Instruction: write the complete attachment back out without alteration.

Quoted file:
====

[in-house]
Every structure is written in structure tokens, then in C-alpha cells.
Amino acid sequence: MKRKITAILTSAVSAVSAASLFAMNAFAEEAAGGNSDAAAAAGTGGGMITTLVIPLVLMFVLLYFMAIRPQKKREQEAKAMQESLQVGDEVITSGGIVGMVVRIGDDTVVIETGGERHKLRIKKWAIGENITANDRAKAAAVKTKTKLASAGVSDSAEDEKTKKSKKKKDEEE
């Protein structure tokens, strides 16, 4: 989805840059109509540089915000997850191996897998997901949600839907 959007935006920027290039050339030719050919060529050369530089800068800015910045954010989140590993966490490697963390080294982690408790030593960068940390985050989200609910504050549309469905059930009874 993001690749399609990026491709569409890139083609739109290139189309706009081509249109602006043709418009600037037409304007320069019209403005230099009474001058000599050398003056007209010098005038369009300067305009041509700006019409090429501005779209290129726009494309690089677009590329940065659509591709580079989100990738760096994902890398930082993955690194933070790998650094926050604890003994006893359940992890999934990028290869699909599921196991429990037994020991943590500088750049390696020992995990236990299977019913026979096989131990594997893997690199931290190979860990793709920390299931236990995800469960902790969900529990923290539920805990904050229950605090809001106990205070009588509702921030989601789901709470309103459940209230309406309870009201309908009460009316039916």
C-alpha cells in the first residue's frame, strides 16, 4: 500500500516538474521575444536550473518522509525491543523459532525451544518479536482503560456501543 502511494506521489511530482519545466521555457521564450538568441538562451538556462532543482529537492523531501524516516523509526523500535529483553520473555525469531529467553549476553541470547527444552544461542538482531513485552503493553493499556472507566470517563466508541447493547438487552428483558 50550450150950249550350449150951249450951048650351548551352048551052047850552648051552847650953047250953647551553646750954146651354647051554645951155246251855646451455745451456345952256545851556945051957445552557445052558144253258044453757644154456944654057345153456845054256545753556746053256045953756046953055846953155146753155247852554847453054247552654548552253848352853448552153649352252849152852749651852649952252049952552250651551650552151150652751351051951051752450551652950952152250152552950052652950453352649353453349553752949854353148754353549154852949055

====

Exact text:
[in-house]
Every structure is written in structure tokens, then in C-alpha cells.
Amino acid sequence: MKRKITAILTSAVSAVSAASLFAMNAFAEEAAGGNSDAAAAAGTGGGMITTLVIPLVLMFVLLYFMAIRPQKKREQEAKAMQESLQVGDEVITSGGIVGMVVRIGDDTVVIETGGERHKLRIKKWAIGENITANDRAKAAAVKTKTKLASAGVSDSAEDEKTKKSKKKKDEEE
């Protein structure tokens, strides 16, 4: 989805840059109509540089915000997850191996897998997901949600839907 959007935006920027290039050339030719050919060529050369530089800068800015910045954010989140590993966490490697963390080294982690408790030593960068940390985050989200609910504050549309469905059930009874 993001690749399609990026491709569409890139083609739109290139189309706009081509249109602006043709418009600037037409304007320069019209403005230099009474001058000599050398003056007209010098005038369009300067305009041509700006019409090429501005779209290129726009494309690089677009590329940065659509591709580079989100990738760096994902890398930082993955690194933070790998650094926050604890003994006893359940992890999934990028290869699909599921196991429990037994020991943590500088750049390696020992995990236990299977019913026979096989131990594997893997690199931290190979860990793709920390299931236990995800469960902790969900529990923290539920805990904050229950605090809001106990205070009588509702921030989601789901709470309103459940209230309406309870009201309908009460009316039916």
C-alpha cells in the first residue's frame, strides 16, 4: 500500500516538474521575444536550473518522509525491543523459532525451544518479536482503560456501543 502511494506521489511530482519545466521555457521564450538568441538562451538556462532543482529537492523531501524516516523509526523500535529483553520473555525469531529467553549476553541470547527444552544461542538482531513485552503493553493499556472507566470517563466508541447493547438487552428483558 50550450150950249550350449150951249450951048650351548551352048551052047850552648051552847650953047250953647551553646750954146651354647051554645951155246251855646451455745451456345952256545851556945051957445552557445052558144253258044453757644154456944654057345153456845054256545753556746053256045953756046953055846953155146753155247852554847453054247552654548552253848352853448552153649352252849152852749651852649952252049952552250651551650552151150652751351051951051752450551652950952152250152552950052652950453352649353453349553752949854353148754353549154852949055